Electrocution risk from massagers
ELECTRICAL massagers may cause electrocution and at least two brands should be recalled immediately, the Consumer Council warned yesterday.
The Kneading Vibration Heat Massager TS-940 and the Nicoken CS560 Electric Massager failed council safety tests.
Vice-chairman of the council's committee for publicity and community relations, Sara Ho Suk-ching, said the two machines were found to have inadequate insulation resistance, moisture resistance and electric strength.
'The major heat generating part is affected by moist conditions,' she said. 'In wet weather, or when using it with wet hands, there may be a danger of electrocution.' Both the massage machines had only two-pin plugs, meaning there was no provision for earthing.
Ms Ho said lack of double insulation and insufficient electric strength could also inflict an electric shock on the user.
She advised people who owned the machines to stop using them.
The council could not stop the sale of the machines and it was up to consumers to be aware of such issues.
'Currently there is no legislation prohibiting the sale of dangerous products,' she said. 'Consumers should always exercise care to choose among the wide array of massagers available on the market to avoid those which do not comply with safety standards.' A new government regulation which comes into effect in March will require all electrical appliances to carry three-pin plugs with proper earthing facilities, which means sale of the massage machines will be prohibited.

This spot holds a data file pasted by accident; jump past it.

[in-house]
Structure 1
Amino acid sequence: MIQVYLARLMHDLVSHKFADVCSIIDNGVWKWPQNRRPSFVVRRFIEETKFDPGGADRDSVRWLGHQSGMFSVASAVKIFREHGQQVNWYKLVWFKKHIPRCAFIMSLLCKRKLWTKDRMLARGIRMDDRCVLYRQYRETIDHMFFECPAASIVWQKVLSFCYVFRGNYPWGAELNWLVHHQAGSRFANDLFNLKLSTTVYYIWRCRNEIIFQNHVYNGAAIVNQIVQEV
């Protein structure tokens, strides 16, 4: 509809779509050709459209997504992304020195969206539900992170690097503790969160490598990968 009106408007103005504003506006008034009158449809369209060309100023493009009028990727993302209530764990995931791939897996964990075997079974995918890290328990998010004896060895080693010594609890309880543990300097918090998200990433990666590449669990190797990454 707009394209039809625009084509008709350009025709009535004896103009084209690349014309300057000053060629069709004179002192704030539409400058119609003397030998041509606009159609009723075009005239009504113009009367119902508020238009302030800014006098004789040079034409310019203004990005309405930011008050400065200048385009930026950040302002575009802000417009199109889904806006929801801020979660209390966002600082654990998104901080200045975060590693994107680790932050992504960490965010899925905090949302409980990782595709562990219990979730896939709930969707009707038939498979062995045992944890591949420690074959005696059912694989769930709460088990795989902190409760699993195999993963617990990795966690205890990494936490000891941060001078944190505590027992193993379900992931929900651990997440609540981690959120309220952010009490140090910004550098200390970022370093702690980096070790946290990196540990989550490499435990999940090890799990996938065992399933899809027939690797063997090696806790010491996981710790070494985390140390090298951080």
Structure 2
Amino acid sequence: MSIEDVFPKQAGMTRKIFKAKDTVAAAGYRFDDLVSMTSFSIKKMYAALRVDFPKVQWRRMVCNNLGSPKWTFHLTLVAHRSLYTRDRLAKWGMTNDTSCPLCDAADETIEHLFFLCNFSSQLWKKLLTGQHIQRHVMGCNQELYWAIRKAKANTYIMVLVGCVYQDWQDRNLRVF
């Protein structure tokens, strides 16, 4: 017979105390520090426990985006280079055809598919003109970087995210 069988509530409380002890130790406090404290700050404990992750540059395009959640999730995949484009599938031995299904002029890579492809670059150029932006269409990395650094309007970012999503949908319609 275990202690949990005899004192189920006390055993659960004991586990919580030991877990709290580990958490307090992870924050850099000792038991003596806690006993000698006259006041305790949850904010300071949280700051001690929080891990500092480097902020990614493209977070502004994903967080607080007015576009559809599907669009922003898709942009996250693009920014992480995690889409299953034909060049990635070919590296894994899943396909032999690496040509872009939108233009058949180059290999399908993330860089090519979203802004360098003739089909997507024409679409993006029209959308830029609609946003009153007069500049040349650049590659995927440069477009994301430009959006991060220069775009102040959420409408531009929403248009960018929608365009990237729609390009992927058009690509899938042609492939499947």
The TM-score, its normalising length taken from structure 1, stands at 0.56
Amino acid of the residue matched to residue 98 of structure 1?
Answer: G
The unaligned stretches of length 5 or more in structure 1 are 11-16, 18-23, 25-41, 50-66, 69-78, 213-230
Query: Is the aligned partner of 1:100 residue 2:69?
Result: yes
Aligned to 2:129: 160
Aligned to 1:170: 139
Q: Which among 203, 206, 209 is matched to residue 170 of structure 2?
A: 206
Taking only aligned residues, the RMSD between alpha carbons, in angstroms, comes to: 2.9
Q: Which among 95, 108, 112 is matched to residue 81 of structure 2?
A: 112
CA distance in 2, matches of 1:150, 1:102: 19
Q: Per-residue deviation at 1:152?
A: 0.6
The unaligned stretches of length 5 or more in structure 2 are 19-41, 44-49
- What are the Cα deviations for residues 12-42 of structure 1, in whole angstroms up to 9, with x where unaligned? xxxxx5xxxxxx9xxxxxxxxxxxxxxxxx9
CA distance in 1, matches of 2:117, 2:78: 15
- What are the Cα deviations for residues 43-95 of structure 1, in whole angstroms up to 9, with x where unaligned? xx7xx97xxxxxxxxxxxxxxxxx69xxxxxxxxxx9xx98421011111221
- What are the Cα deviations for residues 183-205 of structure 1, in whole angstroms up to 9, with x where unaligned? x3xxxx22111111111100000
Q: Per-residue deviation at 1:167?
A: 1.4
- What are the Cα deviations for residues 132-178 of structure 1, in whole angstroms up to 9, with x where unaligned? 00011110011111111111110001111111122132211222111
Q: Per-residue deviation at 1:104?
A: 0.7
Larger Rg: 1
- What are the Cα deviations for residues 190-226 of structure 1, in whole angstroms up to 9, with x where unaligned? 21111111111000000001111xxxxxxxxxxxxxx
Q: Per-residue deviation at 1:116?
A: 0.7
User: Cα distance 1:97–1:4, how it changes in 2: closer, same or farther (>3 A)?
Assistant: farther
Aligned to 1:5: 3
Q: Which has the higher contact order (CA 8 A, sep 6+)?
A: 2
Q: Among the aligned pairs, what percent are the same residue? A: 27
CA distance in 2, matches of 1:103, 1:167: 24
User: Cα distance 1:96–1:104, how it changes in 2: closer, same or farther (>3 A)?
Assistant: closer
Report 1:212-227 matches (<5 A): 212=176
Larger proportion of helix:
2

'Hopefully by then those products will have disappeared from the market,' Ms Ho said.
The senior researcher with the Consumer Council, Connie Lau Yin-hing, said the agents responsible for selling the machines had been notified, but had not responded to warnings.
'We contacted two agents. One of them did not respond and the other gave us a verbal agreement to stop selling but we have since found that they are still selling them,' she said.
Ms Lau said the Consumer Council was powerless to ban the sale of the products and could only wait until the new regulations came into force.
Ms Ho also warned people to be wary of sales tactics of people selling health and fitness equipment.
'Since 1992 the council has received 23 complaints concerning the sales practice of some vendors of health equipment including massagers and similar gadgets,' she said.
She said unscrupulous dealers would approach companies offering free talks on health education but their actual purpose was to sell health equipment, often at prices well above the retail norm.
Council research also found that impeller-type washing machines were more reliable than drum-type washing machines, with a breakdown rate of 13.3 per cent compared with 27.7 per cent.
The maintenance fee is higher for the drum-type, ranging from $280 to $700 compared with $200 to $350 for the impeller-type.
A particular brand of yellow chalk was found to contain excessive levels of toxic heavy metals such as lead and chromium, prompting the importer of Youth Colour - Chalks of Tiny Dust Art No 162 - to withdraw the product.